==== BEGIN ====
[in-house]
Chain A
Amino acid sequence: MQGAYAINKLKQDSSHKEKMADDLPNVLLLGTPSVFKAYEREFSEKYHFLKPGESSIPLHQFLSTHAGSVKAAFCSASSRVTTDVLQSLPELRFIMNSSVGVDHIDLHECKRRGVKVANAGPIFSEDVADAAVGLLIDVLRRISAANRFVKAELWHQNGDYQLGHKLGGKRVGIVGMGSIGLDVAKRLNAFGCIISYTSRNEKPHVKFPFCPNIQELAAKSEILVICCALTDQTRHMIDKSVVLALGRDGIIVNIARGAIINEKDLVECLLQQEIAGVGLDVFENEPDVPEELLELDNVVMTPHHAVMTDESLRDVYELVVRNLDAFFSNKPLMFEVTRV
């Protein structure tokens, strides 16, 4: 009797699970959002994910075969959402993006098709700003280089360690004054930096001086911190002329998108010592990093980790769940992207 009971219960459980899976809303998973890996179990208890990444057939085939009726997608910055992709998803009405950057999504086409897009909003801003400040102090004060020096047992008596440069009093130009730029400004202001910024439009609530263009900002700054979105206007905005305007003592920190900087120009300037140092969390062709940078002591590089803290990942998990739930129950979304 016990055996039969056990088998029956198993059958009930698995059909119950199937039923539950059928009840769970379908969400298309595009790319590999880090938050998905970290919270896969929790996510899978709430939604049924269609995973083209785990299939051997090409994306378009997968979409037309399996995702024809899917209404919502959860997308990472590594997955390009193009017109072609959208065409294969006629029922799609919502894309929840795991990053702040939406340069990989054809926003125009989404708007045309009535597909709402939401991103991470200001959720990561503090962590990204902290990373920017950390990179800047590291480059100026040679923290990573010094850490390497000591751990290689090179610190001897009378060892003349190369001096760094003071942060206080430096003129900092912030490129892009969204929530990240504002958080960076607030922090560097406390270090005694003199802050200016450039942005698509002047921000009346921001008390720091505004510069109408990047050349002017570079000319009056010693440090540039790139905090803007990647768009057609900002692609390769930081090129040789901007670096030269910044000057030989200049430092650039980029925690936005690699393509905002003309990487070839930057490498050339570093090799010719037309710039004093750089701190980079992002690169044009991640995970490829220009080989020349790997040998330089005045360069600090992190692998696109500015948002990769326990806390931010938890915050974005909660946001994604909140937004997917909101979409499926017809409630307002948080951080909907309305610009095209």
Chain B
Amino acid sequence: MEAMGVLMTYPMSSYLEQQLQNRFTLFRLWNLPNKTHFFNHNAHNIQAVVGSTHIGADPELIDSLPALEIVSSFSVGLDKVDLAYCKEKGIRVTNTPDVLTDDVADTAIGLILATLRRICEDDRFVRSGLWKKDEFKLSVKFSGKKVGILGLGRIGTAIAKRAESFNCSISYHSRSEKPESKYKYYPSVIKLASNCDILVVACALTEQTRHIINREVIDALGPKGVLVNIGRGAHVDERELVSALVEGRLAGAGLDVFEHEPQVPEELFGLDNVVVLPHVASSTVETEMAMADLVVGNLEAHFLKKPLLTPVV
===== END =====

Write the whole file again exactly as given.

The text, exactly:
[in-house]
Chain A
Amino acid sequence: MQGAYAINKLKQDSSHKEKMADDLPNVLLLGTPSVFKAYEREFSEKYHFLKPGESSIPLHQFLSTHAGSVKAAFCSASSRVTTDVLQSLPELRFIMNSSVGVDHIDLHECKRRGVKVANAGPIFSEDVADAAVGLLIDVLRRISAANRFVKAELWHQNGDYQLGHKLGGKRVGIVGMGSIGLDVAKRLNAFGCIISYTSRNEKPHVKFPFCPNIQELAAKSEILVICCALTDQTRHMIDKSVVLALGRDGIIVNIARGAIINEKDLVECLLQQEIAGVGLDVFENEPDVPEELLELDNVVMTPHHAVMTDESLRDVYELVVRNLDAFFSNKPLMFEVTRV
């Protein structure tokens, strides 16, 4: 009797699970959002994910075969959402993006098709700003280089360690004054930096001086911190002329998108010592990093980790769940992207 009971219960459980899976809303998973890996179990208890990444057939085939009726997608910055992709998803009405950057999504086409897009909003801003400040102090004060020096047992008596440069009093130009730029400004202001910024439009609530263009900002700054979105206007905005305007003592920190900087120009300037140092969390062709940078002591590089803290990942998990739930129950979304 016990055996039969056990088998029956198993059958009930698995059909119950199937039923539950059928009840769970379908969400298309595009790319590999880090938050998905970290919270896969929790996510899978709430939604049924269609995973083209785990299939051997090409994306378009997968979409037309399996995702024809899917209404919502959860997308990472590594997955390009193009017109072609959208065409294969006629029922799609919502894309929840795991990053702040939406340069990989054809926003125009989404708007045309009535597909709402939401991103991470200001959720990561503090962590990204902290990373920017950390990179800047590291480059100026040679923290990573010094850490390497000591751990290689090179610190001897009378060892003349190369001096760094003071942060206080430096003129900092912030490129892009969204929530990240504002958080960076607030922090560097406390270090005694003199802050200016450039942005698509002047921000009346921001008390720091505004510069109408990047050349002017570079000319009056010693440090540039790139905090803007990647768009057609900002692609390769930081090129040789901007670096030269910044000057030989200049430092650039980029925690936005690699393509905002003309990487070839930057490498050339570093090799010719037309710039004093750089701190980079992002690169044009991640995970490829220009080989020349790997040998330089005045360069600090992190692998696109500015948002990769326990806390931010938890915050974005909660946001994604909140937004997917909101979409499926017809409630307002948080951080909907309305610009095209």
Chain B
Amino acid sequence: MEAMGVLMTYPMSSYLEQQLQNRFTLFRLWNLPNKTHFFNHNAHNIQAVVGSTHIGADPELIDSLPALEIVSSFSVGLDKVDLAYCKEKGIRVTNTPDVLTDDVADTAIGLILATLRRICEDDRFVRSGLWKKDEFKLSVKFSGKKVGILGLGRIGTAIAKRAESFNCSISYHSRSEKPESKYKYYPSVIKLASNCDILVVACALTEQTRHIINREVIDALGPKGVLVNIGRGAHVDERELVSALVEGRLAGAGLDVFEHEPQVPEELFGLDNVVVLPHVASSTVETEMAMADLVVGNLEAHFLKKPLLTPVV